Good Morning, Vietnam (25th Anniversary Edition) – Blu-ray Review

Goooooooood Morning Vietnaaaaam!  You have to yell it.  I’ll wait.  Well, Robin Williams’ breakout performance makes the transition to high def with a 25th anniversary edition.  Not that there’s much new to celebrate the occasion.

1965, Adrian Cronauer (Robin Williams) arrives in Saigon to work as a DJ for Armed Forces Radio.  He’s picked up by Pvt. Garlick (Forest Whitaker) but when he arrives at his new job he rubs his superiors, Lt. Hauk (Bruno Kirby) and Sgt. Dickerson (J.T. Walsh), the wrong way.  However, he is a hit with the audiences who eat up his comedic patter and Brigadier General Taylor (Noble Willingham) is also a fan so he stays on the air.

His love life is not as successful as he notices the pretty Trinh (Chintara Sukapatana) but keeps getting rebuffed, but he does start teaching an English class with hilarious results.  However, the war keeps interfering with both Cronauer’s career and personal life.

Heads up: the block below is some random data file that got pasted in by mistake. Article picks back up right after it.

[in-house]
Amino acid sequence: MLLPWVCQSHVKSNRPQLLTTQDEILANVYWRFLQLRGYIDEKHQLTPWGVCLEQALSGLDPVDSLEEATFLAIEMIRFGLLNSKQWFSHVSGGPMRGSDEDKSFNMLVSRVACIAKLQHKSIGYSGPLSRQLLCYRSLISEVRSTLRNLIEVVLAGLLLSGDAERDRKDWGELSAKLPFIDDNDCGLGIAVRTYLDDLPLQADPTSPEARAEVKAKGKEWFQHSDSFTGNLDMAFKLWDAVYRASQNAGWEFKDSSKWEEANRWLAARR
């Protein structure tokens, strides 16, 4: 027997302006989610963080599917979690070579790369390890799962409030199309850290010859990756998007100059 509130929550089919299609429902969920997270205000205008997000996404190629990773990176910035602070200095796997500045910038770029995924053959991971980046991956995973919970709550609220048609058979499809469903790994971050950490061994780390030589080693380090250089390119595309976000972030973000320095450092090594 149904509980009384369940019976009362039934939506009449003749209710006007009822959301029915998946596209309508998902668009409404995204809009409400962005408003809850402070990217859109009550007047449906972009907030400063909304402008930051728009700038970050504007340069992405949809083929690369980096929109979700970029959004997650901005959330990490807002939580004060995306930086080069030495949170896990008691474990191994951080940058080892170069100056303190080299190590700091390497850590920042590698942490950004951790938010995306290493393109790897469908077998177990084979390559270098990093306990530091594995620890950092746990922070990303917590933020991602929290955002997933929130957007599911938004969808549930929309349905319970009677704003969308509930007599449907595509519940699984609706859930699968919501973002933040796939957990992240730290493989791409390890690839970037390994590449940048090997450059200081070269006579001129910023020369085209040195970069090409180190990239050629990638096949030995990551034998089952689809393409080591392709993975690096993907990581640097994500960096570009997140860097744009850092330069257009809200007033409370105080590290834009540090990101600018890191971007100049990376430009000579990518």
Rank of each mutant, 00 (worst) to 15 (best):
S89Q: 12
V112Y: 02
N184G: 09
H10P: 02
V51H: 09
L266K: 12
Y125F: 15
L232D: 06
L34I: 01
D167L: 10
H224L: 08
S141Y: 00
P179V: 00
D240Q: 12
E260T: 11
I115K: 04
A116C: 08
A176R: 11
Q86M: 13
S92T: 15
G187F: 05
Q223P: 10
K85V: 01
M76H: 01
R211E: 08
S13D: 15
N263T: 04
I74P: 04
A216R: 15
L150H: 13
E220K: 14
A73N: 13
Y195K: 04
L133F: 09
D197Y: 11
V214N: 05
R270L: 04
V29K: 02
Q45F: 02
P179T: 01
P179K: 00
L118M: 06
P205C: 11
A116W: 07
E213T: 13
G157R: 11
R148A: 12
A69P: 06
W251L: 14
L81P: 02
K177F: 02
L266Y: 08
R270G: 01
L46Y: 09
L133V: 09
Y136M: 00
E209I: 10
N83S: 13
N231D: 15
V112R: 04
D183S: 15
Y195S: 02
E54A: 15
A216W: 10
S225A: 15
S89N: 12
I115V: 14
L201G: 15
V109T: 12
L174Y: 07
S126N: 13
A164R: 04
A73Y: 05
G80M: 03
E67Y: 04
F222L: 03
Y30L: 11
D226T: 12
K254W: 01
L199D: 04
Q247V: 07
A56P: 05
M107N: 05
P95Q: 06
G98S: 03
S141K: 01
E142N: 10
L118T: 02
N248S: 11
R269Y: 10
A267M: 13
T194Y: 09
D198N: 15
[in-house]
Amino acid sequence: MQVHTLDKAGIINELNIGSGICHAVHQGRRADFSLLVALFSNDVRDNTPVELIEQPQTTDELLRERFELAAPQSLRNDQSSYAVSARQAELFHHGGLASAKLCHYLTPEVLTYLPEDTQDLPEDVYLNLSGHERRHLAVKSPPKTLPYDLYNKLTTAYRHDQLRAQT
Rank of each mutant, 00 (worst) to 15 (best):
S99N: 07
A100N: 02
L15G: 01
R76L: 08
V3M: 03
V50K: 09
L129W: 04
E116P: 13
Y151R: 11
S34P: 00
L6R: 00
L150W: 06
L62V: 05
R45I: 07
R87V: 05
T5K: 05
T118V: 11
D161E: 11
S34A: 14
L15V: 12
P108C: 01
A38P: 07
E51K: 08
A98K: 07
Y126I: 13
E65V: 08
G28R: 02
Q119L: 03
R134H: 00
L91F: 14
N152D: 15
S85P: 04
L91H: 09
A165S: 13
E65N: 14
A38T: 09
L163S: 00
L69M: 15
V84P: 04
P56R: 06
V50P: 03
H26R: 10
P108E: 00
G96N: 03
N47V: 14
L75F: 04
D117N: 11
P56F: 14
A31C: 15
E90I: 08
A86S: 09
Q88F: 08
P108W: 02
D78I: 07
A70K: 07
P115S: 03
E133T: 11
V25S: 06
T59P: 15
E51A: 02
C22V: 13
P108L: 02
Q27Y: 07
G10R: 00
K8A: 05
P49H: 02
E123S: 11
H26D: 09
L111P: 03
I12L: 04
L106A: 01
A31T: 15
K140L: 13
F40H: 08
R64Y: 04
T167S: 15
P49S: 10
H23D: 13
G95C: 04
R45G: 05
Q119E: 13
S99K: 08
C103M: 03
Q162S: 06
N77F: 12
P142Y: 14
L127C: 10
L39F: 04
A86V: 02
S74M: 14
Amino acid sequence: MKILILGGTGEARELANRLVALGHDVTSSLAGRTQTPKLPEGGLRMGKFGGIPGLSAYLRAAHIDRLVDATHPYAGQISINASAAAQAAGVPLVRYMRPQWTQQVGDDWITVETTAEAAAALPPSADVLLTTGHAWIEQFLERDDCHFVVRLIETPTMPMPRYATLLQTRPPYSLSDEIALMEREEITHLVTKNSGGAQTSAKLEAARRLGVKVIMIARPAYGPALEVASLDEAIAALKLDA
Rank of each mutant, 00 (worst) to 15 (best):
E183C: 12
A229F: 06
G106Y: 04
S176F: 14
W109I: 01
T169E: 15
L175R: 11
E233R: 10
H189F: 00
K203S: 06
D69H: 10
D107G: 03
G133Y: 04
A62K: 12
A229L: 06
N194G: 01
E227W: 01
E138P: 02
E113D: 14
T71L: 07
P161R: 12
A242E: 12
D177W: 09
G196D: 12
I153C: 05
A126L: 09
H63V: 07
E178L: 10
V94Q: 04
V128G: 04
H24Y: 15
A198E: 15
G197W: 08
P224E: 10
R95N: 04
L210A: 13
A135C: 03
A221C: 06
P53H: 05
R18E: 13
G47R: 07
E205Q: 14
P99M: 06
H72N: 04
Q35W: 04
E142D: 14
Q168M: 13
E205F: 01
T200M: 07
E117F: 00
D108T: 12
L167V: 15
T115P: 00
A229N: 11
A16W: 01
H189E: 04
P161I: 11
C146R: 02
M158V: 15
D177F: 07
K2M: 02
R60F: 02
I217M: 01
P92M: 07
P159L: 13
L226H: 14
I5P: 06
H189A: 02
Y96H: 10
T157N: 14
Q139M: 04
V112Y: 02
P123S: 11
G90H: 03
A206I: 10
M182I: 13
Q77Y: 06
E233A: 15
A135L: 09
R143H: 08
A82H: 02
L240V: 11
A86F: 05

Adrian Cronauer was a DJ in Vietnam and that might be the only part that is true of much of the film.  The real life inspiration of the film has stated that if he did half of what is shown in the movie that he would still be in Leavenworth prison.  Never think that Hollywood treatment equals biography, but we’re certainly entertained by Robin Williams’ performance. 

The madcap funnyman certainly shines in the main role and even garnered an Oscar nod for his performance.  What amuses me about that is that the character is certainly more Williams than Cronauer so Robin basically got the nod for playing himself.

I will admit that he does get to flex his dramatic chops, but the most memorable parts of the film are just him doing his rapid-fire comedy.  He does have some great support in Whitaker, Kirby, and Walsh.  It makes me sad that Kirby and Walsh have gone to the great stage in the sky. 

Good Morning Vietnam is presented in a 1080p high definition transfer (1.85:1).  Special features come from the earlier DVD release (therefore are in standard def) and include a 35 minute production diary, 13 minutes of raw Williams’ monologue, and 4 minutes of trailers.  A bet a Williams’ commentary would’ve been a hoot, but alas no such luck. 

Good Morning Vietnam is Williams’ show all the way.  I just wish there had been more effort put into this edition since they fly the “anniversary” flag.  It’s a good film with great performances and comedy, but the extras are recycled. 

Visit the DVD database for more information.

Note the date on this article may be incorrect due to importing it from our old system.